- Around 200 countries have agreed on how to run the Climate Loss and Damage Fund to help vulnerable nations address more extreme weather conditions.
- Germany and the UAE have pledged $100 million each to the climate damages initiative.
- The World Bank will host the Climate Loss and Damage Fund on a trial basis.
Around 200 countries have agreed on how to run the Climate Loss and Damage Fund to help vulnerable nations address more extreme weather conditions. Consequently, rich nations have pledged at least $260 million to kickstart the program, making a breakthrough as global climate deliberations opened in Dubai, the United Arab Emirates (UAE).
Delegates at the COP28 summit on Thursday adopted a framework for the World Bank to host the Loss and Damage Fund following months of negotiations. This year’s host, the UAE, indicated it would contribute $100 million, adding another $100 million from Germany. The United Kingdom committed $50 million, with Japan adding $10 million.
An agreement for the Climate Loss and Damage Fund
The United States representative at the 2023 climate negotiations said President Joe Biden’s administration would collaborate with Congress to offer an additional $17.5 million to the World Bank-hosted fund. The confirmed contributions clear the $200 million minimum required to launch the Climate Loss and Damaged Fund. It sets the stage to start disbursing the funds in early 2024.
Figuring out how the fund will work is a “truly historic decision,” Simon Stiell, executive secretary of the United Nations Framework Convention on Climate Change that runs the annual COP meetings, said before the deal was officially adopted. Reaching that deal early in the two-week summit “sends a powerful signal to all negotiating rooms.”
The COP28 delegates also agreed on an agenda devoid of the drama from past meetings, marking a smooth start to the 2023 global climate negotiations. Nevertheless, the plan for loss and damage is just one of the three primary outcomes the negotiators strive to deliver.
A more complicated assignment at COP28
A more complicated assignment awaits on how nations should react to the slow pace of cutting greenhouse gas emissions, which has already stirred debate over what countries should collectively resolve to do about fossil fuels in a warming world.
Conference leaders and delegates gave sober caution about the stakes of inaction on the summit’s first day. “It is clear we are on track,” Jennifer Morgan, Germany’s climate envoy, told reporters in a briefing. According to her, the world faces “unimaginable” consequences “if we do not accelerate and scale up our action.”
The US, the EU, and other nations advocate for concrete pledges, including reducing fossil fuels, doubling energy efficiency, and tripling renewable energy. The possible fossil fuel language on the final resolution has caused significant tension. Some oil-rich countries remain reluctant to embrace a resolve to phase them out completely.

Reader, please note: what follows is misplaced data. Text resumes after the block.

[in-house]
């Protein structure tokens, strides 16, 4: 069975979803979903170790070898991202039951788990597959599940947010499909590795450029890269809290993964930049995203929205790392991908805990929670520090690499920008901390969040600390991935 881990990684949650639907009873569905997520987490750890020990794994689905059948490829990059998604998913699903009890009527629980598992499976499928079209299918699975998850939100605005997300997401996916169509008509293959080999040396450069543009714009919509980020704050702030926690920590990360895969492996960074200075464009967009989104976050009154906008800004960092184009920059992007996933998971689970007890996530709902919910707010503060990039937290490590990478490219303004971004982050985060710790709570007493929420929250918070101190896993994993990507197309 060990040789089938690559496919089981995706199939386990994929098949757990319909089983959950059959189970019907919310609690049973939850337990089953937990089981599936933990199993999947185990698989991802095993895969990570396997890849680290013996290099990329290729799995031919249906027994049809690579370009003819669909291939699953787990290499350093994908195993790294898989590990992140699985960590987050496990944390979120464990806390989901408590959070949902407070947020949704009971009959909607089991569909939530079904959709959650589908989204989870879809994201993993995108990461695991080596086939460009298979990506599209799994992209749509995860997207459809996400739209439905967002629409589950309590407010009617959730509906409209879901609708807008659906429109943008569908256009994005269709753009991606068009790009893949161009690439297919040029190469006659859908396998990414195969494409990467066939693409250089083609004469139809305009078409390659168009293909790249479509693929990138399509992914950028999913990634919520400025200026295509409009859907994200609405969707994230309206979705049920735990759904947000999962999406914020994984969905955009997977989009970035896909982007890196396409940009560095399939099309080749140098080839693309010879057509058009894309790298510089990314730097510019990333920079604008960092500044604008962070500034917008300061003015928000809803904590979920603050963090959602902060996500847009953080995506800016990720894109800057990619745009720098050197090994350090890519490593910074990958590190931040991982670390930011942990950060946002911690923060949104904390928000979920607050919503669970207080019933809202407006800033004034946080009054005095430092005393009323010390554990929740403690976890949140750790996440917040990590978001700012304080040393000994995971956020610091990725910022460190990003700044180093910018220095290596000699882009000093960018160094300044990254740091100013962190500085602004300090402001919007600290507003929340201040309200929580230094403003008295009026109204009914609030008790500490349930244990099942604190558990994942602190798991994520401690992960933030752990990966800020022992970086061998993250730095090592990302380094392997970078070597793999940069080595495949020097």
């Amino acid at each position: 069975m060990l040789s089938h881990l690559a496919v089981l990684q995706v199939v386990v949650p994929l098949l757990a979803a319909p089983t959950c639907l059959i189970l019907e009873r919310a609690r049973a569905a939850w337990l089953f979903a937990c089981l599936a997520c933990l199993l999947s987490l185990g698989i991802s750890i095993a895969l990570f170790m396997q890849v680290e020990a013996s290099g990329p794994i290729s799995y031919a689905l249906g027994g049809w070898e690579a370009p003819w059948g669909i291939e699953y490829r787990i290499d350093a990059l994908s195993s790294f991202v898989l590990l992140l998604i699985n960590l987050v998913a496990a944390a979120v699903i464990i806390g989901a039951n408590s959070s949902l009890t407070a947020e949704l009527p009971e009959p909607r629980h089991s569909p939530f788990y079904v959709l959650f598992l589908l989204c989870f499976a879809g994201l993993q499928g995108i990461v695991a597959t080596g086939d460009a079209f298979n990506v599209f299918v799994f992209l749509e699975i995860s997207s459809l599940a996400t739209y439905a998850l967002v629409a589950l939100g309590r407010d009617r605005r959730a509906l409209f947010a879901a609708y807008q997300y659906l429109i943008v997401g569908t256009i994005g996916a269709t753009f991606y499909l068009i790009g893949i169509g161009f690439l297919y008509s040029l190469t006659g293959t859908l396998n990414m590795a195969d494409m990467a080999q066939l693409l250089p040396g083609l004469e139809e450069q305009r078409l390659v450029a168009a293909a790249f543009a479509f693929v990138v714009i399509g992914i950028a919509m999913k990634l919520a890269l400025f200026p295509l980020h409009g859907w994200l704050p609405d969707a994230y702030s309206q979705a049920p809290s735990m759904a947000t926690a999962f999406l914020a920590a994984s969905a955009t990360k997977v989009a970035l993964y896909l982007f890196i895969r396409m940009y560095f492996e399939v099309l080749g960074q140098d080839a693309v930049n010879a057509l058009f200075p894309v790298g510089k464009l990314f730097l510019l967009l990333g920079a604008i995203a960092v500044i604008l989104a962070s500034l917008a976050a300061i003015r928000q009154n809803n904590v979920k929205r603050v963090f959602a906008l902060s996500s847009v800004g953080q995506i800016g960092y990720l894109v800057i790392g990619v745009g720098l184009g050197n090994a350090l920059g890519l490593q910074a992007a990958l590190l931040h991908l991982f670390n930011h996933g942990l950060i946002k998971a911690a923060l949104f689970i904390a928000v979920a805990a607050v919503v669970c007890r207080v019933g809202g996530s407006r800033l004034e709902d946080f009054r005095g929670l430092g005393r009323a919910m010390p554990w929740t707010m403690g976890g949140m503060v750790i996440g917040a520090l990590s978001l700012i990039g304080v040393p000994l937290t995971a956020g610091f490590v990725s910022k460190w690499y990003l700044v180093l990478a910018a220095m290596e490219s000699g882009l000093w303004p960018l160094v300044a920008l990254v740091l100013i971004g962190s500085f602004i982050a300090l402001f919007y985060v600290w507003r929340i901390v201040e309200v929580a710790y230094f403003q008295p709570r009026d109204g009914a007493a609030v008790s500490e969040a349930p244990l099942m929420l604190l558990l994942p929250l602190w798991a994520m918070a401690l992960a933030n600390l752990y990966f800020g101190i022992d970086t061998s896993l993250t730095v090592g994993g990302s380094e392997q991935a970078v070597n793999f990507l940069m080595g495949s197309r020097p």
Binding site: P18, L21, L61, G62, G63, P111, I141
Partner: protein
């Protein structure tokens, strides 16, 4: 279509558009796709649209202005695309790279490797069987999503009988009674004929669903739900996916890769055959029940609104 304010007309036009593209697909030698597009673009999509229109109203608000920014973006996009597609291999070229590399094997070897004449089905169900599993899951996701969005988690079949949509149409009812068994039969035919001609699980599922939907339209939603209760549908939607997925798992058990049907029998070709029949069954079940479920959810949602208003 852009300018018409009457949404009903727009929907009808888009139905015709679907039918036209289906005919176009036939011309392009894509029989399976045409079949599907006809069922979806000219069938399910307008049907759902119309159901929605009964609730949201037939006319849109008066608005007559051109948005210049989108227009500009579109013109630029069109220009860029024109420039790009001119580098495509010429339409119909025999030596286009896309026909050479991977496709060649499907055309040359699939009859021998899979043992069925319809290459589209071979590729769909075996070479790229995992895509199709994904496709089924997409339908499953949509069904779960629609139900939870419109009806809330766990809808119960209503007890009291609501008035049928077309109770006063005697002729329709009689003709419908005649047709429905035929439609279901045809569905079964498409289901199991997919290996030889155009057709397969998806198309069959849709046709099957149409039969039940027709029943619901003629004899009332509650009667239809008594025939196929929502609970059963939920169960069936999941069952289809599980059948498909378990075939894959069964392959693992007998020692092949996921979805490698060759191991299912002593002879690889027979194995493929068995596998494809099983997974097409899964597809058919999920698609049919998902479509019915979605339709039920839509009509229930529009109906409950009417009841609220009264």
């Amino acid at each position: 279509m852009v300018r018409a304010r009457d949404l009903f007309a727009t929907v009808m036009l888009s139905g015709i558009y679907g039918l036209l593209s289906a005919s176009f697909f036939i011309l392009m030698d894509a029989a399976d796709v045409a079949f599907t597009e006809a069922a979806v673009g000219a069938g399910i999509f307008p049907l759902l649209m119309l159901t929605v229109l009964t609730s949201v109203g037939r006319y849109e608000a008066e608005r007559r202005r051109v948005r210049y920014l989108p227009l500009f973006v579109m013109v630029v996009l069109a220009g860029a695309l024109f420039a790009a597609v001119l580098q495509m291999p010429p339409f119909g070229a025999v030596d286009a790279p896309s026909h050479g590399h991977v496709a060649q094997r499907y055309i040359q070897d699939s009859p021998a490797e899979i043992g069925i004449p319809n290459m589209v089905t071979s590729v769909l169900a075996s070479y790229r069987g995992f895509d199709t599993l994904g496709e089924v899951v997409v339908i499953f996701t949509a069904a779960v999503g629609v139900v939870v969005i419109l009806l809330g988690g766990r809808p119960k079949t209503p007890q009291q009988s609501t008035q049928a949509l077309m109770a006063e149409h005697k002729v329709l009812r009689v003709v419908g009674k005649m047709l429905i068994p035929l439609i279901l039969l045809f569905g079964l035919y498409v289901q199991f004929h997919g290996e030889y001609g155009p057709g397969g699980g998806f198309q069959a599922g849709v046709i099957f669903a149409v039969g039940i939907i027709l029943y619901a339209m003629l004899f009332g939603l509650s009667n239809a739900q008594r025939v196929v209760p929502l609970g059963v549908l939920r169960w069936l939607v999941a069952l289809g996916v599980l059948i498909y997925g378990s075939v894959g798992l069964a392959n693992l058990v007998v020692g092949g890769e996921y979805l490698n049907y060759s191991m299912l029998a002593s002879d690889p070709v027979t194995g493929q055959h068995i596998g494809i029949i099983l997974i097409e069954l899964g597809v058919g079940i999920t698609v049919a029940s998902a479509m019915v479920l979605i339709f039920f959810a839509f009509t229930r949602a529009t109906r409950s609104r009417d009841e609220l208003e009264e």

Stiell asked for a steadfast approach. “If we do not signal the terminal decline of the fossil fuel era as we know it, we welcome our terminal decline,” he said in opening remarks. “And we choose to pay with people’s lives.”
Fast-pace for the Climate Loss and Damage Fund
Ironing out details for the Loss and Damage Fund has taken a year. That is a relatively short period in the realm of climate diplomacy. Countries resolved to create the fund at the end of COP27 in Egypt in 2022. Delegates from nearly two dozen countries negotiated the details for months, including the contentious decision to set it up as a financial intermediary fund hosted by the World Bank on a four-year interim basis.
Significant concerns remain concerning the facility, including the scale and source of funding going forward. Developing economies claim that countries that industrialised first should make substantial contributions, considering they are responsible for the most significant greenhouse gas emissions accumulated in the atmosphere.
According to Germany’s Morgan, countries “that are particularly capable,” including China and Saudi Arabia, should also support the fund. “That would be a magnanimous gesture and also a signal of how these countries take their responsibilities seriously for the most vulnerable countries,” she said.
The document approved Thursday sets out a plan to replenish the fund every four years with contributions from a “wide range of sources”, including grants and concessional loans.
However, it does not require payment, merely asking countries to provide “voluntary” support and for advanced nations to “take the lead” in providing start-up funds.
The United States has fought to ensure that framework documents include voluntary contributions, and Kerry emphasised that the US already provides disaster relief funding via other channels.
“It is important the fund does not represent any expression of liability” or “any sort of new legal requirements,” Kerry told reporters Wednesday. “We think that this fund — the way it’s designed — will meet the needs of vulnerable countries” and “can be stood up quickly but confidently.”
The need for urgent solutions at COP28
The need for progress has never been more urgent; 2023 will almost certainly be the hottest year on record.
Greenhouse gas emissions are still rising, and promises to reduce pollution remain insufficient to ignore the risk of runaway warming.
At the same time, rapid inflation and global instability, including wars in Ukraine and Gaza, are disrupting the politics and economics of the energy transition.
“This is a very sobering, even somber moment as world leaders gather,” said Rachel Cleetus, policy director of the climate program at the Union of Concerned Scientists in Massachusetts. “That said, there is a real opportunity in the climate space to secure some wins.”